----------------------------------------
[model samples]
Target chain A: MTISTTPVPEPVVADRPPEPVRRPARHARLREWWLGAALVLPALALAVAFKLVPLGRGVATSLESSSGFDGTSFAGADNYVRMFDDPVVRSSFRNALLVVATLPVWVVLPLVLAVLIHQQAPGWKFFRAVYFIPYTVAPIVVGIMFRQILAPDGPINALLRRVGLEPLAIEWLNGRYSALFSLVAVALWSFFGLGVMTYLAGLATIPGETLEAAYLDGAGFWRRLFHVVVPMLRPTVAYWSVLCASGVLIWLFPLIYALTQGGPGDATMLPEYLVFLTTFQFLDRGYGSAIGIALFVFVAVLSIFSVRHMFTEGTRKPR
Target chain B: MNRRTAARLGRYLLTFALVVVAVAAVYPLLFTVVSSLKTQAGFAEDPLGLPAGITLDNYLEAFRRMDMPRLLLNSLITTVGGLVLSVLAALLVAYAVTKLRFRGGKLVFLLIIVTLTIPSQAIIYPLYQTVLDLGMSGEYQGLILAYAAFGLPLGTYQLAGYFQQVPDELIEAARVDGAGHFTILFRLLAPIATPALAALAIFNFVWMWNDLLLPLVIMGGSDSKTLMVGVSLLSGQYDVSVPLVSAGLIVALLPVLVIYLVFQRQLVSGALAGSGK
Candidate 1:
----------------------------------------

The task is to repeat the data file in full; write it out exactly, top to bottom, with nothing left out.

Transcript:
[model samples]
Target chain A: MTISTTPVPEPVVADRPPEPVRRPARHARLREWWLGAALVLPALALAVAFKLVPLGRGVATSLESSSGFDGTSFAGADNYVRMFDDPVVRSSFRNALLVVATLPVWVVLPLVLAVLIHQQAPGWKFFRAVYFIPYTVAPIVVGIMFRQILAPDGPINALLRRVGLEPLAIEWLNGRYSALFSLVAVALWSFFGLGVMTYLAGLATIPGETLEAAYLDGAGFWRRLFHVVVPMLRPTVAYWSVLCASGVLIWLFPLIYALTQGGPGDATMLPEYLVFLTTFQFLDRGYGSAIGIALFVFVAVLSIFSVRHMFTEGTRKPR
Target chain B: MNRRTAARLGRYLLTFALVVVAVAAVYPLLFTVVSSLKTQAGFAEDPLGLPAGITLDNYLEAFRRMDMPRLLLNSLITTVGGLVLSVLAALLVAYAVTKLRFRGGKLVFLLIIVTLTIPSQAIIYPLYQTVLDLGMSGEYQGLILAYAAFGLPLGTYQLAGYFQQVPDELIEAARVDGAGHFTILFRLLAPIATPALAALAIFNFVWMWNDLLLPLVIMGGSDSKTLMVGVSLLSGQYDVSVPLVSAGLIVALLPVLVIYLVFQRQLVSGALAGSGK
Candidate 1: